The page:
Large marine diesels feature thermodynamic efficiencies of up to 52%, better than any other single-stage engine type. Two-stroke designs featuring actuated exhaust valves can be as many as five stories tall and run at ~100RPM, slow enough to drive the propeller without a gear box.

That still leaves about half of the primary energy going up in smoke or coolant heat. Turbocompounding is used on smaller four-stroke engines that feature a transmission of some sort anyhow.

Part-load and Dynamic Performance of a Medium-speed Four-stroke Engine with Two-stage Turbo Charging and Power Transfer System

Of far more import ong range is what happens when bunker fuel runs out.... Its used on these ships because its CHEAP and nothing else I know is as cheap save coal.

Rod Adams at Atomicinsights .com suggests nuclear propulsion for large maritime vessels. He proposes a pebble bed reactor which would be less expensive to fabricate and operate than the PWR type reactors used by the various navies of the world.

A nuclear powered cargo ship can afford to go faster than an oil fired one. This would permit higher revenue to offset the added capital cost of the nuclear powered ship. Fuel consumption increases rapidly with speed and the fuel costs for a nuclear ship are minimal.

The NSS Savannah was not economically viable when fuel costs were about $2/barrel but those days are long gone.

The CO2 emissions with nuclear power are negligible. The NOx and SO2 emissions are non-existant.

Nuke powered cargo ships would put dirty bomb material in every backwater port in the world. I doubt you would ever get much support for creating thousands of mobile, unsecure, nuclear reactors.

In open ocean SO2 and NOx emissions do not really matter. They got washed down by precipitation quite fast, and their impact on the ocean is virtually zero. In coastal waters and in internal seas, like Baltic or Mediterranean, it is totally different matter. Their pollution contribute (and will contribute on increasing manner) to acid rain and smog-forming over the land quite significantly.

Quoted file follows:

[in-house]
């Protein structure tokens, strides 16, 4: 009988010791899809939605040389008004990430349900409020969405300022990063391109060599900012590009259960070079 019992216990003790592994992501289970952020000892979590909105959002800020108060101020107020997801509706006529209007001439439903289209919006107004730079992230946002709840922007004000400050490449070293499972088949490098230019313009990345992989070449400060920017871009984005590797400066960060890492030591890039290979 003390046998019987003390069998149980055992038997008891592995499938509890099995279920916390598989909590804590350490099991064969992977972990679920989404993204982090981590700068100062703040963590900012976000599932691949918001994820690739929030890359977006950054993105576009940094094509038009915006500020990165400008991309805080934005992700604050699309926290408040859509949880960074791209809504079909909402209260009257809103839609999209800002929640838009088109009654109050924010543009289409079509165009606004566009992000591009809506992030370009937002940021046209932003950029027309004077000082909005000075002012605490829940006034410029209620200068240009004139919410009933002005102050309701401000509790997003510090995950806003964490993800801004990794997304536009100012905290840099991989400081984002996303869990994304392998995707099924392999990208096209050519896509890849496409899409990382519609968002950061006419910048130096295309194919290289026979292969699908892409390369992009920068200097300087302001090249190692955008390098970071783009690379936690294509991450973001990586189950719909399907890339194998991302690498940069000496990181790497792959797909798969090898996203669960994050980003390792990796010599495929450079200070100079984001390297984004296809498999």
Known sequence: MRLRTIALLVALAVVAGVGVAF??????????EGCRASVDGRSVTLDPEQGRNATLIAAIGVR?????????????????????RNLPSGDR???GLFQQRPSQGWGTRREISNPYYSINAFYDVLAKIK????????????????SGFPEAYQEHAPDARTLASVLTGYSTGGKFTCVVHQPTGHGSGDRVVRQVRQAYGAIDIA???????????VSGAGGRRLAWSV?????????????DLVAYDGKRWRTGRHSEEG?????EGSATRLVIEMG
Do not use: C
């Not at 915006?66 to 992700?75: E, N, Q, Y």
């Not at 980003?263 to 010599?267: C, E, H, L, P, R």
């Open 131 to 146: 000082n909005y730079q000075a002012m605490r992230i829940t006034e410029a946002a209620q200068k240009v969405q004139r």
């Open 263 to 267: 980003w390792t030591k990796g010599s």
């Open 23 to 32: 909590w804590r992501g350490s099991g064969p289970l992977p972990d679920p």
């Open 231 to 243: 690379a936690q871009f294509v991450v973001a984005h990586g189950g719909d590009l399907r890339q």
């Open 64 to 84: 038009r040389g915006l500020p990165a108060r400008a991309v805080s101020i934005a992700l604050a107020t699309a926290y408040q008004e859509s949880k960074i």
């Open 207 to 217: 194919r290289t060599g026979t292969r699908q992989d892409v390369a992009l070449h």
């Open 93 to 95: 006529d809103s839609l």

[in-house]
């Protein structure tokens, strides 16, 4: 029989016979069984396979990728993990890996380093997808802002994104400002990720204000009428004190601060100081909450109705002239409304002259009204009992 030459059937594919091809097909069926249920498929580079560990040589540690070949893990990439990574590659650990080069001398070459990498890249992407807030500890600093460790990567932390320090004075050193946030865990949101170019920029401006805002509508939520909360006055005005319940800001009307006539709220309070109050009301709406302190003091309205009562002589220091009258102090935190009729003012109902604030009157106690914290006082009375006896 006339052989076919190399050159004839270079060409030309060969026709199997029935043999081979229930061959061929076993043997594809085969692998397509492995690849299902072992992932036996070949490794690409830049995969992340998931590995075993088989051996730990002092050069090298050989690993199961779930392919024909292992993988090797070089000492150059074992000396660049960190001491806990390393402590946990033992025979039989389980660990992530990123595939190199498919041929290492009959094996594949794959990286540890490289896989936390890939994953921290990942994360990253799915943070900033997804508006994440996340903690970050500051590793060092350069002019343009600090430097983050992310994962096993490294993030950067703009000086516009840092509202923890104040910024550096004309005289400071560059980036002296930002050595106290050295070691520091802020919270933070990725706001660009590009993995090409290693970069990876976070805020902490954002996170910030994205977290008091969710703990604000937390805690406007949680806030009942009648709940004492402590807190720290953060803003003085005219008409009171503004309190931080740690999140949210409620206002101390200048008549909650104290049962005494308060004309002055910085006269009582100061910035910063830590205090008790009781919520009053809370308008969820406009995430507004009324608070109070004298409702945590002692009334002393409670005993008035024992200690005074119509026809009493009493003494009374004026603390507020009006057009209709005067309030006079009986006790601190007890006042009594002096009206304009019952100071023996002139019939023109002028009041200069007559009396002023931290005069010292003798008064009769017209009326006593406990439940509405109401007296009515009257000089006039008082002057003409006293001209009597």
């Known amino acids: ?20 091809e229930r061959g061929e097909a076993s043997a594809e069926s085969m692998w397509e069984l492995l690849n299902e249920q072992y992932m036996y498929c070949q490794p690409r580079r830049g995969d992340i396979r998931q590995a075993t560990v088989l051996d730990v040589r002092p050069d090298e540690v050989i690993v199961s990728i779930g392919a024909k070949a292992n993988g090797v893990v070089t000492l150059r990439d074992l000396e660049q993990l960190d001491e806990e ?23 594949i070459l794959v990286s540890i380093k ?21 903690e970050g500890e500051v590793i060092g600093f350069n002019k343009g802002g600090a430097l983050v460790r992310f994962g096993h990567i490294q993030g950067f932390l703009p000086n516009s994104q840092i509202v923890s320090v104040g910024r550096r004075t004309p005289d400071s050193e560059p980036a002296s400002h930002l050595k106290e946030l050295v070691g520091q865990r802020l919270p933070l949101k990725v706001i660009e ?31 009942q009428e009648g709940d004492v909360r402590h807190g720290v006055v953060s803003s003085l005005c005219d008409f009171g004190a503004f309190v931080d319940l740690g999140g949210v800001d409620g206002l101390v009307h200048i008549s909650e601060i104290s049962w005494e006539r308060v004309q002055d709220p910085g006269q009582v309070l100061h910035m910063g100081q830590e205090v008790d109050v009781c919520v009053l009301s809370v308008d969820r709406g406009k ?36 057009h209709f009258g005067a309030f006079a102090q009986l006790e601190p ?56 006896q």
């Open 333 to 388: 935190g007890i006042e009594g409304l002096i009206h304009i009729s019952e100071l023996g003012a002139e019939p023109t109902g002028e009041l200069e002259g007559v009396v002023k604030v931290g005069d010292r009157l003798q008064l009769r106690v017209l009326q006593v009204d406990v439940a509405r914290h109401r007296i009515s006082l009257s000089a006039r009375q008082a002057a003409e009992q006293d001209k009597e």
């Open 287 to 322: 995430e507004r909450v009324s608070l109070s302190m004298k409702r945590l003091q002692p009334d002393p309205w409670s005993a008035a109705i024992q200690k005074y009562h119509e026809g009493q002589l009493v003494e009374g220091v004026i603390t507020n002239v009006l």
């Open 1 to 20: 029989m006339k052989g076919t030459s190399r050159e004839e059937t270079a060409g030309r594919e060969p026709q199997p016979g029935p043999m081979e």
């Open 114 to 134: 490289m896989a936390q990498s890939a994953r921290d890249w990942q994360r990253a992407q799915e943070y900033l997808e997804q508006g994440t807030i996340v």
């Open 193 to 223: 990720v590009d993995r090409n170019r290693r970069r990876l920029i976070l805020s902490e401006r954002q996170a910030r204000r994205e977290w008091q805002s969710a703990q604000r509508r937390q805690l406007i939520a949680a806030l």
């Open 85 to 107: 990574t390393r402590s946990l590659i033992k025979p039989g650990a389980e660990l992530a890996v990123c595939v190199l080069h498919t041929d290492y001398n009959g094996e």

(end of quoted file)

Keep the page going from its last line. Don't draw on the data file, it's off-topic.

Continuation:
SO2 problem could be addressed quite easily. Approaching the coast, merchant vessel could switch to low-sulfur diesel fuel. It is not significant price or technological burden, but troublesome to implement due to legal problems.

NOx is much more difficult to curb. The only technologically available option as of today is massive intake air humidification. Still, NOx emissions from mammoth marine two strokes will be very high.

As for CO2 from shipping… The best way to address this issue is to relax and look sideways.

The simple solution to CO2 from shipping is to burn methanol. Low emissions and can easily be made CO2 neutral, can be burned at higher efficiency than diesel, and ocean spills of methanol are environmentally benign, unlike diesel fuel.

Iceland alone, has enough geothermal power to produce all the methanol needed for ship propulsion 10 times over. Bring waste or biomass liquid CO2 there by tanker, bring back methanol in the same tanker.

Warren -

you're forgetting one thing: refineries need to sell *all* of their products to *someone*. The amount of heavy oil and tar contained in a barrel of oil varies greatly by reservoir, as does the sulfur content.

Nevertheless, given the volume of oil consumed, you inevitably end up with a fairly large amount of bunker oil. Hydrocracking and removing the sulfur from this would be very expensive indeed, substantially raising prices for all other consumers of petroleum products - ind those transported by ocean-going ships.

I am obviously missing something, but why does Aviation produce substantially less NOx(almost 1/10th)and almost zero PM compared to Marine for approximately the same fuel consumed?

Assuming that gas turbine engines dominate the Aviation contribution, they currently operate with non-premixed combustion in the same way as Diesel engines. It is well known that current gas turbine research is working on reducing NOx, PM and improving efficiency by employing premixed lean combustion. Going by the results published here they need not bother.

I am no expert on state of the art gas turbines for aviation so maybe there is a plausible explanation.

Daydreamer -

while there are a few ships that run on gas turbines - mostly military vessels - most rely on diesel engines because they are much more efficient, especially in part load.

The reason for the high thermodynamic efficiency of diesels is that peak process temperatures are very high, up to 2500K. This is possible because the combustion chambers in ICEs reciprocate and are only exposed to these very high temperatures very briefly, via radiative and convective heat transfer. The surfaces are cooled by the fresh charge plus engine coolant plus oil jets against the underside of the piston crown/cavities within it. Unfortunately, high temps mean high NOx production rates, mostly NO that is further oxidized to toxic NO2 under the influence of sunlight once it escapes into the environment.